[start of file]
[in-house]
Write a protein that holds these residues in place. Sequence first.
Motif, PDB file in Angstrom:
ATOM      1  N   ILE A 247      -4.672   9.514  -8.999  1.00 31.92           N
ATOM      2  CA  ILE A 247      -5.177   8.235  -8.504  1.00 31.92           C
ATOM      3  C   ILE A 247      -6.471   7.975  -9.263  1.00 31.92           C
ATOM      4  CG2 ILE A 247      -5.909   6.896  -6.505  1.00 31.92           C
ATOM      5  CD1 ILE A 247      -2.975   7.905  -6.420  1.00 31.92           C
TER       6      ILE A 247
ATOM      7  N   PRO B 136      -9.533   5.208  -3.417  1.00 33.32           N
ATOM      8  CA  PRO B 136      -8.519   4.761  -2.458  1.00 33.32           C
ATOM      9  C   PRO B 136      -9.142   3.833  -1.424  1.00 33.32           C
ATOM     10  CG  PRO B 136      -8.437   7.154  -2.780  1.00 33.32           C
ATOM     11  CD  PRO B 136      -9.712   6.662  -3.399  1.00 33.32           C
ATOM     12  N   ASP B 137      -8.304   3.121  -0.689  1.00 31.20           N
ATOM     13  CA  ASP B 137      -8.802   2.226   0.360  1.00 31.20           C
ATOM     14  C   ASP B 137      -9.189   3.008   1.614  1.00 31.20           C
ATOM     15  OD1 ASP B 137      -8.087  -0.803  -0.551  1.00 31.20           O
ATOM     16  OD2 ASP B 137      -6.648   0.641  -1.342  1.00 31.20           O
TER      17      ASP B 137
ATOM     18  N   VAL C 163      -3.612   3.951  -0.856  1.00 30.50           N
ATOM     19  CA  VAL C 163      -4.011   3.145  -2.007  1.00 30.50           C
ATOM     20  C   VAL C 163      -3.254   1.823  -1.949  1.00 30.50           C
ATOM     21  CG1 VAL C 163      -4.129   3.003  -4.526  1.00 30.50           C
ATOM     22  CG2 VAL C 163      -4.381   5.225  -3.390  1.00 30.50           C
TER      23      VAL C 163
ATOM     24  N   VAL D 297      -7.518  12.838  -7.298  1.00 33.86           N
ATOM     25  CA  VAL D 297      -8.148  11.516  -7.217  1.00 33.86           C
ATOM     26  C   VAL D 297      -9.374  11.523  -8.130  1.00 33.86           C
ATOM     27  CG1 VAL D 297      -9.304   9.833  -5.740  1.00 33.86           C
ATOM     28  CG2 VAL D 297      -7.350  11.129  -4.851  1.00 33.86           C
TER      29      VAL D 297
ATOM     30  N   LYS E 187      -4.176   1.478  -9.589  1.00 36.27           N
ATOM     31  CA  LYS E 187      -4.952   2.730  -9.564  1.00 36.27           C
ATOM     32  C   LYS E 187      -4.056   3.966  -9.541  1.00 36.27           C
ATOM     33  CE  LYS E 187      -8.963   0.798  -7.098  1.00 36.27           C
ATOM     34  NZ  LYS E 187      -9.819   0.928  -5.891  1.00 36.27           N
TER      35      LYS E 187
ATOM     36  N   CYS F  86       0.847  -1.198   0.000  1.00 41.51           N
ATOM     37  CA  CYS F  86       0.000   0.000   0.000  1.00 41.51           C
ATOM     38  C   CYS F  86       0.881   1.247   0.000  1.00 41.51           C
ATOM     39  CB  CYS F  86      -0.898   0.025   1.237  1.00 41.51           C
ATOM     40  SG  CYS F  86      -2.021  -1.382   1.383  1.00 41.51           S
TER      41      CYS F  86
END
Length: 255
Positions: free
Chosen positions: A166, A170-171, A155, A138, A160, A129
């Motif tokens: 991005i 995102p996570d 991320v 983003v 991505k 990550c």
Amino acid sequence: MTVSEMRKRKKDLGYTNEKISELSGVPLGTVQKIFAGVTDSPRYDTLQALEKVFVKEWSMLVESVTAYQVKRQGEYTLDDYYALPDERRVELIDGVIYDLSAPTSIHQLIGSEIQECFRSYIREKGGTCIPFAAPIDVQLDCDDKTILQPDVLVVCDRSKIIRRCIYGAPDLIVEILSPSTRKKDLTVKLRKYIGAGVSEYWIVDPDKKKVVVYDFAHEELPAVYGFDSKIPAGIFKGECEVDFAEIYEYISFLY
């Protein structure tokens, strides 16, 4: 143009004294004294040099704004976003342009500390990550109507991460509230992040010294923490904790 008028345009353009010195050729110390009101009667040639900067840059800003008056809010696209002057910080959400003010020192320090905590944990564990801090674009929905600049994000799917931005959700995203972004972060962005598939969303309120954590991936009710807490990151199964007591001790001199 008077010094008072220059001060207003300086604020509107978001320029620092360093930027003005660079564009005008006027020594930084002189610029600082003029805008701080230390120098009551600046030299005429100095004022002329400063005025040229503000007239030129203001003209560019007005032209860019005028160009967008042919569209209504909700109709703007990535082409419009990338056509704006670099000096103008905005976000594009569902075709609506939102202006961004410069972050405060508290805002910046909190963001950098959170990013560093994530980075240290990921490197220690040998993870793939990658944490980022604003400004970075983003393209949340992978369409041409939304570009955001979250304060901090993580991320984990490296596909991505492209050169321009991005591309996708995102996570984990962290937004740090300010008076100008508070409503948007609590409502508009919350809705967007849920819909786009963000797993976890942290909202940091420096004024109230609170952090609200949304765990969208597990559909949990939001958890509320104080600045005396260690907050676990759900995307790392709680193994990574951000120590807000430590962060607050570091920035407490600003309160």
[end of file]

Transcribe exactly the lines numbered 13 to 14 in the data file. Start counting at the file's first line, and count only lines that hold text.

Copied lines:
ATOM     10  CG  PRO B 136      -8.437   7.154  -2.780  1.00 33.32           C
ATOM     11  CD  PRO B 136      -9.712   6.662  -3.399  1.00 33.32           C